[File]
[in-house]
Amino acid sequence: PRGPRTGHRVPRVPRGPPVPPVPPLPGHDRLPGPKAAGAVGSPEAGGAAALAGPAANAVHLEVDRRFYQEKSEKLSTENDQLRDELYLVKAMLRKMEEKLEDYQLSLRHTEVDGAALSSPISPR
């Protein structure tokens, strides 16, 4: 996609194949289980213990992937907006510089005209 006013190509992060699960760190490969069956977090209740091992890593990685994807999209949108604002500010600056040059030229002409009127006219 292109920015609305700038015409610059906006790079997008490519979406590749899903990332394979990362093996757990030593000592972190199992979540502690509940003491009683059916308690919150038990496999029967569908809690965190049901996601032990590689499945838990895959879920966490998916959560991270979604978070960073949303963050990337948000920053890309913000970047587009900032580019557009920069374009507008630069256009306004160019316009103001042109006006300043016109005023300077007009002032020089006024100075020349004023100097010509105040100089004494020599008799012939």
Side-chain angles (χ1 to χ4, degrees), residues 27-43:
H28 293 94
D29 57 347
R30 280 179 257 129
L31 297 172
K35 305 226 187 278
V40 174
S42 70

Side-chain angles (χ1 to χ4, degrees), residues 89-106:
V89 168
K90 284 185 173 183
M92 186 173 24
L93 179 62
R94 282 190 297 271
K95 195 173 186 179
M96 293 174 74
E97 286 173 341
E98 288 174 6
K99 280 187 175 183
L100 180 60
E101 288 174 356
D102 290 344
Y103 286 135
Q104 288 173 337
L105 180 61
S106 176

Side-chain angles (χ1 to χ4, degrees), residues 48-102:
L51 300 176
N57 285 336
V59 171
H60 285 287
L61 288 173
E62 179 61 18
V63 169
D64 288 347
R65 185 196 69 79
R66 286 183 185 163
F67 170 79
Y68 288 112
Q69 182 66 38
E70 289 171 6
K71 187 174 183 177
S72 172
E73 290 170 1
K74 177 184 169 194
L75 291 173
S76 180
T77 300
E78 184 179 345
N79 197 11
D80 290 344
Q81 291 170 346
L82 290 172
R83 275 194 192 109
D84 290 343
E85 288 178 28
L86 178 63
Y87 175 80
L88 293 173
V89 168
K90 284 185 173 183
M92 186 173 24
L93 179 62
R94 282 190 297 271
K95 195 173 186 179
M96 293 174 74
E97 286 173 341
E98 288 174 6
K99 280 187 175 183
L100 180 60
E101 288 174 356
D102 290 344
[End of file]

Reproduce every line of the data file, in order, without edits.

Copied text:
[in-house]
Amino acid sequence: PRGPRTGHRVPRVPRGPPVPPVPPLPGHDRLPGPKAAGAVGSPEAGGAAALAGPAANAVHLEVDRRFYQEKSEKLSTENDQLRDELYLVKAMLRKMEEKLEDYQLSLRHTEVDGAALSSPISPR
């Protein structure tokens, strides 16, 4: 996609194949289980213990992937907006510089005209 006013190509992060699960760190490969069956977090209740091992890593990685994807999209949108604002500010600056040059030229002409009127006219 292109920015609305700038015409610059906006790079997008490519979406590749899903990332394979990362093996757990030593000592972190199992979540502690509940003491009683059916308690919150038990496999029967569908809690965190049901996601032990590689499945838990895959879920966490998916959560991270979604978070960073949303963050990337948000920053890309913000970047587009900032580019557009920069374009507008630069256009306004160019316009103001042109006006300043016109005023300077007009002032020089006024100075020349004023100097010509105040100089004494020599008799012939």
Side-chain angles (χ1 to χ4, degrees), residues 27-43:
H28 293 94
D29 57 347
R30 280 179 257 129
L31 297 172
K35 305 226 187 278
V40 174
S42 70

Side-chain angles (χ1 to χ4, degrees), residues 89-106:
V89 168
K90 284 185 173 183
M92 186 173 24
L93 179 62
R94 282 190 297 271
K95 195 173 186 179
M96 293 174 74
E97 286 173 341
E98 288 174 6
K99 280 187 175 183
L100 180 60
E101 288 174 356
D102 290 344
Y103 286 135
Q104 288 173 337
L105 180 61
S106 176

Side-chain angles (χ1 to χ4, degrees), residues 48-102:
L51 300 176
N57 285 336
V59 171
H60 285 287
L61 288 173
E62 179 61 18
V63 169
D64 288 347
R65 185 196 69 79
R66 286 183 185 163
F67 170 79
Y68 288 112
Q69 182 66 38
E70 289 171 6
K71 187 174 183 177
S72 172
E73 290 170 1
K74 177 184 169 194
L75 291 173
S76 180
T77 300
E78 184 179 345
N79 197 11
D80 290 344
Q81 291 170 346
L82 290 172
R83 275 194 192 109
D84 290 343
E85 288 178 28
L86 178 63
Y87 175 80
L88 293 173
V89 168
K90 284 185 173 183
M92 186 173 24
L93 179 62
R94 282 190 297 271
K95 195 173 186 179
M96 293 174 74
E97 286 173 341
E98 288 174 6
K99 280 187 175 183
L100 180 60
E101 288 174 356
D102 290 344